What does compensation mean?
Compensation is what employees earn in exchange for their contributions to your business. The difference between base pay and compensation is that a total compensation package often includes an employee’s base pay (i.e., the minimum they’re paid each paycheck), plus a wide range of other monetary and non-monetary rewards.
Offering a competitive compensation package can help you attract and retain high-quality talent, motivate your current employees to be productive and successful, improve job satisfaction and help your business stay in compliance with federal, state and local regulations.
Types of compensation for work
Beyond salary or hourly wages, there are many different elements that can make up an employee’s compensation package, including:
- Insurance benefits: Healthcare plans can be expensive for people to pay for themselves, so many companies offer employee health insurance plans, as well as other forms of insurance (e.g., life, disability, dental) to make an offer to an employee more enticing.
- Retirement packages: Setting up an employee for retirement is an excellent way to enhance compensation, and it’s commonly done in the form of matching contributions into a 401(k) savings plan.
- Profit-sharing and stock options: Providing stock options to employees is popular both with startup companies as well as highly successful businesses where the stock options represent significant value added to a compensation package.
- Compensated time off: Benefits such as extended vacation time (or even unlimited PTO) can make a job offer more appealing to a potential hire.
- Bonuses: In addition to guaranteed salary or wages, some compensation packages include cash bonuses that are paid out if the company hits specific milestones, at the end of the year or if an employee performs exceptionally well.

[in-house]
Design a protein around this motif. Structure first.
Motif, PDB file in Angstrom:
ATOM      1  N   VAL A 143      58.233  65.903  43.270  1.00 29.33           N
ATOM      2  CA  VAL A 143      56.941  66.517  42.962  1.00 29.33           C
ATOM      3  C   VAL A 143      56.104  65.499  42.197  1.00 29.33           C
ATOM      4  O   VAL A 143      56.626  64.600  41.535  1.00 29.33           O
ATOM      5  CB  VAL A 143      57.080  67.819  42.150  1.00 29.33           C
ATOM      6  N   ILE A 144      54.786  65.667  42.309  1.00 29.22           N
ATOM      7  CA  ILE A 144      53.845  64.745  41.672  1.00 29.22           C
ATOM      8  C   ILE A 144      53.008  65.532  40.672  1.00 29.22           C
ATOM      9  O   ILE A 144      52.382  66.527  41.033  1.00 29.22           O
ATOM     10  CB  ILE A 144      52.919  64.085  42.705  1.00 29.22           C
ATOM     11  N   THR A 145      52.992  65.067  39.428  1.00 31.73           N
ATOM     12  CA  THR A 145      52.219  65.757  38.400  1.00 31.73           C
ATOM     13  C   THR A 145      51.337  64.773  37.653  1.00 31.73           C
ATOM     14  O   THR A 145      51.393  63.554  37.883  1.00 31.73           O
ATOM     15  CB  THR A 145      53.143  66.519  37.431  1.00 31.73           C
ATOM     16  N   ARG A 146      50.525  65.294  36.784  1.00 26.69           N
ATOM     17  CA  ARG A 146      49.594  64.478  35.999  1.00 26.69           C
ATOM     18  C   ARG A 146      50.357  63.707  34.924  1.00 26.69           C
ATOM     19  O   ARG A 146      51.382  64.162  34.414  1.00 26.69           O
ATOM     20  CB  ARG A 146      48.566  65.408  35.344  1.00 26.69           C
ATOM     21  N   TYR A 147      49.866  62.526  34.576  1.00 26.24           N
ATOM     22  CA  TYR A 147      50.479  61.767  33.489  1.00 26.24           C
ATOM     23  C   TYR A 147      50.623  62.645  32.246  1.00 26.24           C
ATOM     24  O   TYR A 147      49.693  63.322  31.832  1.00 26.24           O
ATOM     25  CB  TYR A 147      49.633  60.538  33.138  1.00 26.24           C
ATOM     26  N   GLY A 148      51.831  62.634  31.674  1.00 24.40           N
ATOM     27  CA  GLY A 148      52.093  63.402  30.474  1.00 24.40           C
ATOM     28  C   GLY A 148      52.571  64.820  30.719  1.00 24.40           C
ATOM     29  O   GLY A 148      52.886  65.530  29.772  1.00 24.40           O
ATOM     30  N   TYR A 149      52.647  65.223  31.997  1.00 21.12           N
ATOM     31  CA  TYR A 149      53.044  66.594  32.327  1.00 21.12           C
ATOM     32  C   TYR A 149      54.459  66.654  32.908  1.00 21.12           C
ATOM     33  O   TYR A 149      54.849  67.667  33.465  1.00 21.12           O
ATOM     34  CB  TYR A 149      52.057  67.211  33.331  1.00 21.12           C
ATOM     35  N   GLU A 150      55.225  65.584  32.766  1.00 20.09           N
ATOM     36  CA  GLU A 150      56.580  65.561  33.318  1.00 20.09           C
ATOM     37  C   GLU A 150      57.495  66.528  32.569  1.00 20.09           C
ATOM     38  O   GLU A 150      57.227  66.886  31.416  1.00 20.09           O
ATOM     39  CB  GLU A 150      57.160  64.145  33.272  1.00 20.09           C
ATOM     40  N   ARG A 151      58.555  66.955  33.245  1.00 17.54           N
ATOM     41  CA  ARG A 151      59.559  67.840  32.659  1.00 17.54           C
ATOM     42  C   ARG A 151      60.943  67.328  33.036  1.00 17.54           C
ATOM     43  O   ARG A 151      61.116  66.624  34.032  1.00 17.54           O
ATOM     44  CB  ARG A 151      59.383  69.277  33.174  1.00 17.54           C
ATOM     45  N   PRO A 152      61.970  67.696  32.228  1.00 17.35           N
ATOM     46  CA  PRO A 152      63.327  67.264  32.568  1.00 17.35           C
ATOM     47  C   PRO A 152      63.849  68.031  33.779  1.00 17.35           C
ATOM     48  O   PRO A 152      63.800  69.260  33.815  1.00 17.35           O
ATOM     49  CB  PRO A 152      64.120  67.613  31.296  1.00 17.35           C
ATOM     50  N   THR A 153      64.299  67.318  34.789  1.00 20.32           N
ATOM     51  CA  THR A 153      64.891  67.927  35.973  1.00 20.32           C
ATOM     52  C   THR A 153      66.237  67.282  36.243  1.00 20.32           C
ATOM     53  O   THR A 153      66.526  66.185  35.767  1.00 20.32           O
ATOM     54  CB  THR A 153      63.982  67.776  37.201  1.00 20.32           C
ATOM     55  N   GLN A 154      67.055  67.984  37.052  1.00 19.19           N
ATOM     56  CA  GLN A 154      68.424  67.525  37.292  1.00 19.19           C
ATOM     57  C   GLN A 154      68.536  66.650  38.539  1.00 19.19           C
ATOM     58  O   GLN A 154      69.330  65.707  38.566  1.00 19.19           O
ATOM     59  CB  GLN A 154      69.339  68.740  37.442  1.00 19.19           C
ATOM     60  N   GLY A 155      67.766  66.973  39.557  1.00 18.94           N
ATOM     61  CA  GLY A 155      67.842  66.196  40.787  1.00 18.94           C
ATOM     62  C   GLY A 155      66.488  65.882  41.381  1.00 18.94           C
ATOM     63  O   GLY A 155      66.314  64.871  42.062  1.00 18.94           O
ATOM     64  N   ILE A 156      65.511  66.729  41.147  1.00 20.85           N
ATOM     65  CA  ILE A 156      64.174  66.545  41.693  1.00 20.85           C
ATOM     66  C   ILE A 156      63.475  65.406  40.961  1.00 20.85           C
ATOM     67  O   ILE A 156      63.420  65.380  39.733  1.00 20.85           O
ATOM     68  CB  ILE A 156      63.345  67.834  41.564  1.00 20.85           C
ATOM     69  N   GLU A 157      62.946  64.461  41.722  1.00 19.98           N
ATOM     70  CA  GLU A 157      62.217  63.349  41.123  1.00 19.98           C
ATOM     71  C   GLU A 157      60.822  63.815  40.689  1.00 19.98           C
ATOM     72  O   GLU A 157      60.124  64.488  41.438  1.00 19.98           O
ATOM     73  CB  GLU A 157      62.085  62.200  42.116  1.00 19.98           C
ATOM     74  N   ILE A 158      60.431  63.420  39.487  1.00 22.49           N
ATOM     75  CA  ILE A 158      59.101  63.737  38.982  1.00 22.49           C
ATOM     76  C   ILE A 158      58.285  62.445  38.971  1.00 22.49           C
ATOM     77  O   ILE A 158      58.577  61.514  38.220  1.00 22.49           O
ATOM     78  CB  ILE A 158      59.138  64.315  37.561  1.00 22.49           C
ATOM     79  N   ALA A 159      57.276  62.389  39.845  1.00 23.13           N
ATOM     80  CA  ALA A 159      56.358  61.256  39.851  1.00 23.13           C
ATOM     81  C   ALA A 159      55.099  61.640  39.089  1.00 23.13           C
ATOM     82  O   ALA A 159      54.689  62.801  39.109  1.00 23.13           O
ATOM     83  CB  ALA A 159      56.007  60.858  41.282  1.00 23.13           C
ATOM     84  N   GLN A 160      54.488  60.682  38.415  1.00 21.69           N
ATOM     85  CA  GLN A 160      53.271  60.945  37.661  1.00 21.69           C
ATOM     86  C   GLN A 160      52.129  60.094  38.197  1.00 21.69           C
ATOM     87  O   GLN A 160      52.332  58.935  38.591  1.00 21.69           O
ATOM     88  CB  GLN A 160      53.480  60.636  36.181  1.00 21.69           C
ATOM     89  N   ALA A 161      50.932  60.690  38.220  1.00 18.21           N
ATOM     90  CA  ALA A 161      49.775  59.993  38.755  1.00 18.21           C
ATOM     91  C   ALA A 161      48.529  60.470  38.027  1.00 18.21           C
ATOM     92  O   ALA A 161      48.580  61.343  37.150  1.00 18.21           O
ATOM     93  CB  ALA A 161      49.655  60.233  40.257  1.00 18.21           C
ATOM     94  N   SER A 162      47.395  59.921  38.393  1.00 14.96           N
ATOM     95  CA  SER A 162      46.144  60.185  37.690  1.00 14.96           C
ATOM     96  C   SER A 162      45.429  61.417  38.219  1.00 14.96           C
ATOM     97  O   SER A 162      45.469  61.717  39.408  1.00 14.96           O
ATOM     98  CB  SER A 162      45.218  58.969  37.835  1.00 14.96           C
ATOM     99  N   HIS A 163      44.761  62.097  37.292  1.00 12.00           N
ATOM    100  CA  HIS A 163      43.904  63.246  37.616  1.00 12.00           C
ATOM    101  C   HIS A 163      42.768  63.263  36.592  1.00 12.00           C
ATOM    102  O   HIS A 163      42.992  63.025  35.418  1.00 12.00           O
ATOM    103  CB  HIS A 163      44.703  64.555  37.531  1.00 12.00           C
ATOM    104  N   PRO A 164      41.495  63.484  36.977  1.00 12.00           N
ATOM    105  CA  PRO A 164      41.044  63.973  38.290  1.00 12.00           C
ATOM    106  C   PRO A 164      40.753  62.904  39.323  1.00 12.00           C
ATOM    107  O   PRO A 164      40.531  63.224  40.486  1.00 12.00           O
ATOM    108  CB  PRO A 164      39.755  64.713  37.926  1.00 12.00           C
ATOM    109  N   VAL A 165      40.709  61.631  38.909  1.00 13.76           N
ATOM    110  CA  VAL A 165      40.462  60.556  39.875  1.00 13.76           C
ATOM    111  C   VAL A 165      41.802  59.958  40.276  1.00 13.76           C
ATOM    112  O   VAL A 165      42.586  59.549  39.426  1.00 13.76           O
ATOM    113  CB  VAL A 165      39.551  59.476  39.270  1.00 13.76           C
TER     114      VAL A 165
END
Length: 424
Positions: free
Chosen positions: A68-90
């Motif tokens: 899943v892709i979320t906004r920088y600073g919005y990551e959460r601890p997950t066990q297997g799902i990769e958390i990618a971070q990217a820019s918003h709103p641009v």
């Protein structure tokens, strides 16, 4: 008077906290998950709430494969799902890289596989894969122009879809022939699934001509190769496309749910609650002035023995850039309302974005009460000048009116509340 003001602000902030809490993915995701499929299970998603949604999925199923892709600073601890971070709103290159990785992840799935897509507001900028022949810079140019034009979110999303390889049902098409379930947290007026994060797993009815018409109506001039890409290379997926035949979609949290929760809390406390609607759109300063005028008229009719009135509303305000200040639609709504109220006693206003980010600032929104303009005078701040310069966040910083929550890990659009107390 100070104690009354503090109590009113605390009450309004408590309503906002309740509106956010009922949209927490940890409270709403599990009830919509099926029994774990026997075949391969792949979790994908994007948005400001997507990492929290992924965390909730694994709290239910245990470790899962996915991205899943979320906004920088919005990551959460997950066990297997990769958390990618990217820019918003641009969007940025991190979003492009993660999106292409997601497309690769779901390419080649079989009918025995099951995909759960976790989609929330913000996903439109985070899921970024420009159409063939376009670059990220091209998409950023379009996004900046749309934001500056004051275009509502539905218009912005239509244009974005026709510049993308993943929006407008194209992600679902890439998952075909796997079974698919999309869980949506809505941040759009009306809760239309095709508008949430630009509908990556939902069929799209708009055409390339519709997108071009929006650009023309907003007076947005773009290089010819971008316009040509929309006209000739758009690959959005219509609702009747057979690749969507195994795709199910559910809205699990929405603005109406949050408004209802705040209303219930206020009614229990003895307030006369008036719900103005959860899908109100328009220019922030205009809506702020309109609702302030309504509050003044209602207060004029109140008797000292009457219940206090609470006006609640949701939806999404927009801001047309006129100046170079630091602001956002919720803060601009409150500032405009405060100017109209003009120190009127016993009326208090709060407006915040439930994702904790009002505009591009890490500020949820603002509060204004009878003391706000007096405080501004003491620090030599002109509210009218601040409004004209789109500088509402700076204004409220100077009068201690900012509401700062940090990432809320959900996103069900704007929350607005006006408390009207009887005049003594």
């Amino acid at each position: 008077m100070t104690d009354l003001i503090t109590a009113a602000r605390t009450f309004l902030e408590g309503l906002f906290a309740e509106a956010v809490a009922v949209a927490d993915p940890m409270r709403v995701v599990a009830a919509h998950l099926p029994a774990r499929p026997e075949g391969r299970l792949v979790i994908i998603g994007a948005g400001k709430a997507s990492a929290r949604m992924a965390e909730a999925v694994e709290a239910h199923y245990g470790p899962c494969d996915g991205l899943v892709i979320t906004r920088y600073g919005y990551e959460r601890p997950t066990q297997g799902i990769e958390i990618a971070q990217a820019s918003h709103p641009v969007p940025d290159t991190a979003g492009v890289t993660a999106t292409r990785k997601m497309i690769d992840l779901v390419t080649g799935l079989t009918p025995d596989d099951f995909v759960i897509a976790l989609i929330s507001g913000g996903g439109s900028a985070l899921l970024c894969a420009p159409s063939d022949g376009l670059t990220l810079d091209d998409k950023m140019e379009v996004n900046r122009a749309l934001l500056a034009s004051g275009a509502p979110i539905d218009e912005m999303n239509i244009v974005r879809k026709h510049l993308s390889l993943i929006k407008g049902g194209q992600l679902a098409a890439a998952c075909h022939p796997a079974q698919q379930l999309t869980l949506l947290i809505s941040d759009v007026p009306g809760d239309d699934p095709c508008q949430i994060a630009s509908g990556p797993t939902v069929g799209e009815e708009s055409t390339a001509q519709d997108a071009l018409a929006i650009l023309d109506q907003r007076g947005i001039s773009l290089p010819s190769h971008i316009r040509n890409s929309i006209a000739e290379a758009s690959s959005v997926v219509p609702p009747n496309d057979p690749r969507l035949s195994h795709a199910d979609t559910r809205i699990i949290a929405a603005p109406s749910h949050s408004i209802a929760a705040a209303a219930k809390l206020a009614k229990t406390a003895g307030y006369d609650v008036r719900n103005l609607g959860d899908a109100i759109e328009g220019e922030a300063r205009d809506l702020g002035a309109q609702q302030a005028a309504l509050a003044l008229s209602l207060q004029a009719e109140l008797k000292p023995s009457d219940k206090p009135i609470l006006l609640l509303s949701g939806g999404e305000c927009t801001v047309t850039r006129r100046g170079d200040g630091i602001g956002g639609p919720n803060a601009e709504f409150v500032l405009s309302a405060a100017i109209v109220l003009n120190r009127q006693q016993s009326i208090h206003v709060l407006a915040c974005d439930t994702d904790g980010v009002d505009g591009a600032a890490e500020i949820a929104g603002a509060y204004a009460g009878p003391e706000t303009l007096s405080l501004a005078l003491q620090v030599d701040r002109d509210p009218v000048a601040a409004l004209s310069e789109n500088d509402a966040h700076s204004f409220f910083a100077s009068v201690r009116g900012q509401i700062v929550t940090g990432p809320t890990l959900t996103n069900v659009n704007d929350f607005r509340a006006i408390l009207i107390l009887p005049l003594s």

- Commissions: For employees in sales or sales-adjacent positions, some companies offer a percentage or flat rate commission to staff when they make sales.
- Overtime pay: In accordance with the Fair Labor Standards Act (FLSA), non-exempt employees (e.g., retail workers, servers) must be paid time-and-a-half in overtime pay when they work over 40 hours per week.
- Additional compensation: Get creative with your compensation package. Other forms of compensation and fringe benefits could include: child care and tuition assistance, travel allowances, gym memberships, employee assistance programs (EAPs), tip income, merit pay and any other employee incentives.
Related: What is Competitive Pay?
What to consider when creating an employee compensation package
It can be hard to decide what to include in a new employee’s compensation package. You have to think about base salary, the benefits you’re required to offer according to state laws, taxes, minimum wage and more. Consider these tips when creating a compensation plan for your business:
- The local market: Understanding the value other companies in your local area are placing on certain roles allows you to determine how much your potential hire could earn elsewhere and what you’re competing with.
- Individual assessment: While the market can help set a baseline for your compensation offer, consider adjusting compensation to match the experience, skills and value-add of each individual employee.
- Skill availability: If an employee is providing a specific skill or set of skills, understanding the scarcity or availability of those skills can help you determine compensation.
- Company finances: Maintaining a responsible budget is important, so factor the financial impact of any compensation package into your plan.
- Previous and coworker salaries: While paying attention to industry norms when it comes to compensation is important, it’s also a good idea to consider how much employees earned in their previous roles and how much your current employees are making relative to the compensation offer.
As you enter into salary negotiations, consider creating a compensation range or salary band. The low end should be a minimum that still shows value to the candidate and the high end should be the maximum that your company can afford.